Essay:Why We Weep

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by Connoisseur

It began as a dream job, substitute teaching in elementary school.


My first class was a group of first-graders, and it was exhilarating! The morning was nothing special, but after lunch we went to recess, and one of the girls took my hand as soon as we cleared the building. I felt as though I had entered a time warp, almost as if I were a child again. We walked around the exercise track together, with me looking constantly over my shoulder to see if anyone saw us holding hands, and then we sat. I was astounded at the way the girls looked at me, seeming to flirt continuously and vying for my attention. I felt like a rock star surrounded by groupies. Now, I do not delude myself into thinking that I am cute. Satisfying to the ego as it would have been to think, "Wow! Look how cool I am!" it would have been self-deception, so I searched my memory banks for anything similar, and came up with this: the inmates at the L.A. County Detention Center for Women also acted that way, around anyone whom they thought might help them escape! Could these kids have tumbled onto the truth already? I remembered 5th-graders telling me in the school cafeteria recently: "This place is a jail!"


After recess we went back into the classroom, and watched a video. The same girl climbed up in my lap during the film. She asked me if I would be her daddy, and she began calling me that for the rest of the day.


Later the principal walked in, and decided that the atmosphere was too relaxed. After school, she invited me to come back the next day and sit in on other teachers' classes so that I could learn "classroom management."


All I had were first and second-graders. Strangely enough, after a couple of weeks, I began to consider 4th-graders as "older women"! Make of that what you will.


On what later proved to be my last day, I was at recess, this time in a different school, and the kids were crowding around me again, hugging me and jumping on me (yes, the boys, also, or else I would be writing this from a holding cell). Kids even came over from other classes to be with my group, and that was the beginning of the end. One of the teachers seemed upset at the idea of her students seeking the attention of an interloper (more on this in a moment).


The next day, the regular teacher returned, and quietly began grilling the inmates on what had transpired in her absence. In every class for which I subbed, including hers, the kids told me that I was the best sub that they ever had, and every group asked me if I could be their teacher permanently. She gave them enough rope to hang me. She drew them out, and discovered that I had given them piggy-back rides, among other things. That was all that she needed to approach my boss and get me relieved of duty on grounds of "behavioral problems."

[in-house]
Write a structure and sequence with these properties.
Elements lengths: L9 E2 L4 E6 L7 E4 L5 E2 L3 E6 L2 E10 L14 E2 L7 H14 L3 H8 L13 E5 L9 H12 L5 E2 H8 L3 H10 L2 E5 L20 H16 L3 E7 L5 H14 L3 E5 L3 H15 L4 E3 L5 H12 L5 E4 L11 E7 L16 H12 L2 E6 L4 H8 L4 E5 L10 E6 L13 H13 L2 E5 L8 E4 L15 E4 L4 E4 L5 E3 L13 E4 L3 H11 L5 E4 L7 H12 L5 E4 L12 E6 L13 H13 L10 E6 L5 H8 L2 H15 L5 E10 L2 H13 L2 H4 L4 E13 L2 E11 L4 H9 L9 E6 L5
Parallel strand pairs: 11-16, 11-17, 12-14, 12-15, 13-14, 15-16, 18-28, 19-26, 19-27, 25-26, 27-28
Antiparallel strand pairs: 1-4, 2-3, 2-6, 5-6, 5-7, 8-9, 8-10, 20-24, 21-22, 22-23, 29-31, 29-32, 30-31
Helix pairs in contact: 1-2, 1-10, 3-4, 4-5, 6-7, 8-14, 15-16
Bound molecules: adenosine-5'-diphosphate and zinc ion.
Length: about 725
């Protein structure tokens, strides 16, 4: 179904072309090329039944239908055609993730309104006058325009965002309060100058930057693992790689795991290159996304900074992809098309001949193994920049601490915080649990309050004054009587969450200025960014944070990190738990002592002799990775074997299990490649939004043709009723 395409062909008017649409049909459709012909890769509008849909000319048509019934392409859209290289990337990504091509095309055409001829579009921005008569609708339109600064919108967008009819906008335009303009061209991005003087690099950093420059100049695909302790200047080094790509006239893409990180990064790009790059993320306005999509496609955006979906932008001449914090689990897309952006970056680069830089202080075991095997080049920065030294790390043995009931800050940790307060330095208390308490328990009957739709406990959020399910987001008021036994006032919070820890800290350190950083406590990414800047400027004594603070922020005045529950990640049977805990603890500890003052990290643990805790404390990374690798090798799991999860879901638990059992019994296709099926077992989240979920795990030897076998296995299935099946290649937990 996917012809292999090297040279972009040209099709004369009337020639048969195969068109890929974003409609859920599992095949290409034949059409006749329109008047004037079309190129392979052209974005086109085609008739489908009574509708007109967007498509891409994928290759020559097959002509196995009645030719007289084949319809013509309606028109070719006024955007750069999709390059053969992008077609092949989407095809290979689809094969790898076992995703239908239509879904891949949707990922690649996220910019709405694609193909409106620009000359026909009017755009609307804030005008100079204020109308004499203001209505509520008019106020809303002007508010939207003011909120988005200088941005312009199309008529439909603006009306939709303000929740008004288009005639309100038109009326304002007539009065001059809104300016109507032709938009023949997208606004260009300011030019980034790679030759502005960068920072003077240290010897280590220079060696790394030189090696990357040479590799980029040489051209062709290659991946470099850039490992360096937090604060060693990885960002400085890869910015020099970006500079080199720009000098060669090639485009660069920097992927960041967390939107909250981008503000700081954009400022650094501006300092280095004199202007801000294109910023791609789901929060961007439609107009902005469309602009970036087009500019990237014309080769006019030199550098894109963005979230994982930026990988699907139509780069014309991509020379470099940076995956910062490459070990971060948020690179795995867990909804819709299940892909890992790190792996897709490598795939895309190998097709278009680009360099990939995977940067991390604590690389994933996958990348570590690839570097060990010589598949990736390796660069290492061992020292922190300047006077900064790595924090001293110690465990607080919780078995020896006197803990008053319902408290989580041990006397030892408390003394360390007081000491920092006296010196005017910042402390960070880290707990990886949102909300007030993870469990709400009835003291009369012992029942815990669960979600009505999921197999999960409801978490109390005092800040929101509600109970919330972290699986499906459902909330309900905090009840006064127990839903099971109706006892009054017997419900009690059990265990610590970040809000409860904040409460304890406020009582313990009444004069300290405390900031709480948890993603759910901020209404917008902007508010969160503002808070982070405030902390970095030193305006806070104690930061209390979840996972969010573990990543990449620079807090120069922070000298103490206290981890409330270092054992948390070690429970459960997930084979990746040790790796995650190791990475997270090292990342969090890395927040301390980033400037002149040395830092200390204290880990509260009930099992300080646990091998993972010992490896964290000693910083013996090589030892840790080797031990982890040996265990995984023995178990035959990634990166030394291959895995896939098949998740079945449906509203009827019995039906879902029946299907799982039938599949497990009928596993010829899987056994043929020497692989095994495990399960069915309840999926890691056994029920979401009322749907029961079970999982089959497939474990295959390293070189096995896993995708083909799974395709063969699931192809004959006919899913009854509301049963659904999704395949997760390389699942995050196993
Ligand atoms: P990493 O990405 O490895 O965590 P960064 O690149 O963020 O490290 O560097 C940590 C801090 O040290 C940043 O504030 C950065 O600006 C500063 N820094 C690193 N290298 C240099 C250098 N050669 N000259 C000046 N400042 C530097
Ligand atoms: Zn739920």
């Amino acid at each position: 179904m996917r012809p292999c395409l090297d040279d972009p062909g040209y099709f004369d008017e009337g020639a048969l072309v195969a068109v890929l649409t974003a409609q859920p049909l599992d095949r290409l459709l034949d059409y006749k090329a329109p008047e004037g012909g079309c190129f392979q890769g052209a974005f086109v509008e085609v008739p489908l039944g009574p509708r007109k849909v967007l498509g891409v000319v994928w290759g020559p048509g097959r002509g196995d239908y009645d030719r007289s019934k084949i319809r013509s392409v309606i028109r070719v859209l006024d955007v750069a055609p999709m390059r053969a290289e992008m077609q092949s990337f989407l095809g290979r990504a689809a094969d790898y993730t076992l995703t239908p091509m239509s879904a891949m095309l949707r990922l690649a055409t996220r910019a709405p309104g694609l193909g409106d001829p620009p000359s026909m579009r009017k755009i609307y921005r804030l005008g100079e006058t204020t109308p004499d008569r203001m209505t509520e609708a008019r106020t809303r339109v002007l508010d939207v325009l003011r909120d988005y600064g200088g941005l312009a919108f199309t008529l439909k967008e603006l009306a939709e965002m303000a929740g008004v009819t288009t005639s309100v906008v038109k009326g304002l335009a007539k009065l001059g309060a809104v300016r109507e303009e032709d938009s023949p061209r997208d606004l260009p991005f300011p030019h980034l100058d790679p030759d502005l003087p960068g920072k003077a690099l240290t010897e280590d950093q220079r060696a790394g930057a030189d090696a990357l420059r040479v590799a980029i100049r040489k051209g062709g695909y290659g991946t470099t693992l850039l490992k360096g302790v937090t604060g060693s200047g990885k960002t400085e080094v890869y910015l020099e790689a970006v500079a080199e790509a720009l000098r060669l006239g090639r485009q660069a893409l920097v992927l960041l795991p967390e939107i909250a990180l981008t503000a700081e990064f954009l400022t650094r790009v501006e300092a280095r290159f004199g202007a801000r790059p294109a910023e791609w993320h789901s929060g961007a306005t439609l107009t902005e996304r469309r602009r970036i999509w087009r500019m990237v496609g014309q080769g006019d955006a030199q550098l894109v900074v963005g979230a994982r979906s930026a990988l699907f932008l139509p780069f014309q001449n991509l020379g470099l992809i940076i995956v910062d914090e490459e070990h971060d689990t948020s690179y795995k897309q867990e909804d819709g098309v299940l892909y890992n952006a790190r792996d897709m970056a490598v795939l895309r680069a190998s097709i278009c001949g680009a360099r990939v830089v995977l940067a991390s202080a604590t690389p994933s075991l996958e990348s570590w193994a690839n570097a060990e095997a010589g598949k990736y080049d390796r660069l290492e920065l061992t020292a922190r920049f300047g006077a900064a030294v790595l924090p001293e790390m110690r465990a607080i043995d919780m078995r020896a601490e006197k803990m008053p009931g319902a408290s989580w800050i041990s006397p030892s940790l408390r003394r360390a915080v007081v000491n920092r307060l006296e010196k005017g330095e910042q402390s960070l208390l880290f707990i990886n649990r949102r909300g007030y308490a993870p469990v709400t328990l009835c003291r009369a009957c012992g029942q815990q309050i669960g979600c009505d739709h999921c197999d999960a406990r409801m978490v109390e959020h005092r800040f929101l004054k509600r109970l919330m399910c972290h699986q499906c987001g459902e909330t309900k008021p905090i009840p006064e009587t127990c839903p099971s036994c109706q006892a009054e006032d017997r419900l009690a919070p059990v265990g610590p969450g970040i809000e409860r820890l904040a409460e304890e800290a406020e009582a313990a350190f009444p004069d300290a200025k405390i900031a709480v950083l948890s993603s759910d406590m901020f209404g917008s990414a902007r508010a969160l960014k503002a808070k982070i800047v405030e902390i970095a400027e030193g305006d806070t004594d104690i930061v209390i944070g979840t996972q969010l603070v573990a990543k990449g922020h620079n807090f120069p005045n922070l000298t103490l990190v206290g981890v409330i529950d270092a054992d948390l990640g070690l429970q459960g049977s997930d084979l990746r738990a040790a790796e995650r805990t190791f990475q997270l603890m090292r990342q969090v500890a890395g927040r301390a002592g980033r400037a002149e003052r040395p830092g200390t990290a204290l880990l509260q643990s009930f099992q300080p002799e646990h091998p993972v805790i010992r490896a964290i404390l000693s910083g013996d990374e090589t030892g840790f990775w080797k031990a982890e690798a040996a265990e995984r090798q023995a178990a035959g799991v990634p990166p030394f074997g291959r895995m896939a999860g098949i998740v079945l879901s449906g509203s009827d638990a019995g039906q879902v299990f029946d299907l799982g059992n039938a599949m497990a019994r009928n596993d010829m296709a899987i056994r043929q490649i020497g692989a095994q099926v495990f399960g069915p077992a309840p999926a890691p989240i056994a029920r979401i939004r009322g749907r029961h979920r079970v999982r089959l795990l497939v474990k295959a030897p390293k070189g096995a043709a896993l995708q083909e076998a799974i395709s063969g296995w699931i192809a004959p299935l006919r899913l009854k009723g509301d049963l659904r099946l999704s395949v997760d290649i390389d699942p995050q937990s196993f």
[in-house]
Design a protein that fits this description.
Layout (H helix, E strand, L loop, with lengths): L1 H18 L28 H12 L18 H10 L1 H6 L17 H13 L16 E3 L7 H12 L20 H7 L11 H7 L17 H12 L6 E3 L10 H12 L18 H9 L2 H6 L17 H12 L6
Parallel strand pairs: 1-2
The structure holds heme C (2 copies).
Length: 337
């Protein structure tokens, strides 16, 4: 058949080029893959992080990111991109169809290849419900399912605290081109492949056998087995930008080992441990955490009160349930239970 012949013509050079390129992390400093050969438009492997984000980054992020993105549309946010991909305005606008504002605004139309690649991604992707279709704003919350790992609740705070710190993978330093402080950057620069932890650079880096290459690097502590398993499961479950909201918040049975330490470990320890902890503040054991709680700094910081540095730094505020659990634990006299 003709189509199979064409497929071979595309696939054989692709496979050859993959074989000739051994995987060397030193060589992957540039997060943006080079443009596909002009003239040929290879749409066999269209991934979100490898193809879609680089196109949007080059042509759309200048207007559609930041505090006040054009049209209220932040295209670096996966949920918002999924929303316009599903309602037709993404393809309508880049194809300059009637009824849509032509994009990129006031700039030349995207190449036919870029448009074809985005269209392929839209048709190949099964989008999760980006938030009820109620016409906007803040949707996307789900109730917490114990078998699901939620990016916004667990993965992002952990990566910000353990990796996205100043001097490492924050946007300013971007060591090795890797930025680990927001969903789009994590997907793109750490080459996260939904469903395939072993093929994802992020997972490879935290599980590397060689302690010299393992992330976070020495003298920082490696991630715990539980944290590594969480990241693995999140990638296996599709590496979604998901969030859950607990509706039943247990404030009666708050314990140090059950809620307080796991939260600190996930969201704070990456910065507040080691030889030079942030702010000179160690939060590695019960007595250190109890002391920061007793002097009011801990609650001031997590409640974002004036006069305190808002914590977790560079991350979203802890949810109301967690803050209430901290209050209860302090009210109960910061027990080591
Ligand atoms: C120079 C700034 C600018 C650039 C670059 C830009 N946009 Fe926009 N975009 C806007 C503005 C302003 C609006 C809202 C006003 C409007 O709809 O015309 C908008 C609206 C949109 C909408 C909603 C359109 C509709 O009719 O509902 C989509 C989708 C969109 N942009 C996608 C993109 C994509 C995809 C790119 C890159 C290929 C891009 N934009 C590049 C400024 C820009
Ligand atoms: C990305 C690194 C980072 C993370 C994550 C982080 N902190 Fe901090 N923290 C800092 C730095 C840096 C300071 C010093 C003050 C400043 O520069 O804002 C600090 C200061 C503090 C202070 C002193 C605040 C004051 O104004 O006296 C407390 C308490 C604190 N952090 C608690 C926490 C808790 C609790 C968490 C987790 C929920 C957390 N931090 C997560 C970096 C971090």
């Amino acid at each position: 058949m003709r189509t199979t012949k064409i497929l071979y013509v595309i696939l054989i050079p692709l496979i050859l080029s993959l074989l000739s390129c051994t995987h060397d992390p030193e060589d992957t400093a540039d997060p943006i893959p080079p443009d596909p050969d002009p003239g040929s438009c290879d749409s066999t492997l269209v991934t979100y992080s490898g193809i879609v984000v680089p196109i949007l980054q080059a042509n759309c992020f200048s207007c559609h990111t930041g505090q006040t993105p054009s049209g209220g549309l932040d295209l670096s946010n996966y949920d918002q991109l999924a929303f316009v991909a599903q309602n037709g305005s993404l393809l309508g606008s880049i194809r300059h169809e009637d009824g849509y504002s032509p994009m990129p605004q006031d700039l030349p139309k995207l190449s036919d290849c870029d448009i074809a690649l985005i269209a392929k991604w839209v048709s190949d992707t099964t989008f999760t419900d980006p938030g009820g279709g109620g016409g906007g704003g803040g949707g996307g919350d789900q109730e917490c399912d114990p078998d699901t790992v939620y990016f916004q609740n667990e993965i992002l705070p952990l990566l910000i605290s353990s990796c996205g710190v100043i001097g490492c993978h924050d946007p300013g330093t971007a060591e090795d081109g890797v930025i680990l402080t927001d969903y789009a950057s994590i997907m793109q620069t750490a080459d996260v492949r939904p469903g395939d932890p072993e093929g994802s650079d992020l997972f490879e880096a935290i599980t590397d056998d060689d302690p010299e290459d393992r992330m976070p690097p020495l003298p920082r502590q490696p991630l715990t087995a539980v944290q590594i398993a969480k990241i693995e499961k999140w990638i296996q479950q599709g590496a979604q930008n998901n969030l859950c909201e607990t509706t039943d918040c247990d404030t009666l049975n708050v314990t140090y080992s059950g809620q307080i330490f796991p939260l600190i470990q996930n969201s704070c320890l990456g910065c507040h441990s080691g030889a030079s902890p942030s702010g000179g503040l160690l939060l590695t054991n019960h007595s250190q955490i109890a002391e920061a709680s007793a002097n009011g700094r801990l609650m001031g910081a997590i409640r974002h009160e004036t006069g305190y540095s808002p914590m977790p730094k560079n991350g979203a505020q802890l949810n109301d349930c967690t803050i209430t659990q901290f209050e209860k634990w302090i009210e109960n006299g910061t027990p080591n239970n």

When I was confronted with this at the hearing, I denied having any behavioral problems; I thought the kids behaved well, and they learned their lessons along with a bit more. However, it seems that some of the other teachers said that my classroom sounded like a wild party. Compared to theirs, I guess it did. Since when is the stillness of a tomb the only atmosphere conducive to learning?


A dear friend told me that I made two mistakes: the kids learned, and they had fun.


Before you think that I am down on teachers, let me hasten to add that the school system reinforces the vertical command structure and weakens the horizontal collegiality of teacher networks; by a clever system of rewards and punishments, the teachers are loyal to the system but not to each other. Spying and ratting on colleagues who defy the norm is not only encouraged but expected. If you will pardon the analogy, teachers are house niggers and students are field niggers.


I will let John Taylor Gatto finish this for me (comments in brackets are my own):


"The secret of American schooling is that it does not teach the way children learn, and it is not supposed to; school was engineered to serve a concealed command economy and a deliberately re-stratified social order. It wasn't made for the benefit of kids and families. School is the first impression that children get of organized society, and like most first impressions it is the lasting one. Life, according to school, is dull and stupid, only consumption promises relief: Coke, Big macs, fashion jeans; that's where real meaning is found. That is the classroom's lesson.


"The decisive dynamics which make forced schooling poisonous to healthy human development aren't hard to spot. Work in classrooms is not significant work, it fails to satisfy real needs pressing on the individual, it does not answer real questions that experience raises in the young mind, it does not contribute to solving any problem encountered in actual life. The net effect of making all schoolwork external to individual longings, experiences, questions, and problems is to render the victim listless. This phenomenon has been well understood since the time of the British Enclosure Movement which forced small farmers off of the land into factory work.


"Growth and mastery come only to those who vigorously self-direct. Initiating, creating, doing, freely associating, having a bit of time alone; these are precisely what the structures of schooling are set up to prevent, on one pretext or another.

"As I watched it happen, it took about three years to break a kid's spirit; three years confined to environments of emotional neediness with nothing real to do. In such environments, songs, smiles, bright colors, cooperative games, and other tension-breakers do the job better than angry words or punishment.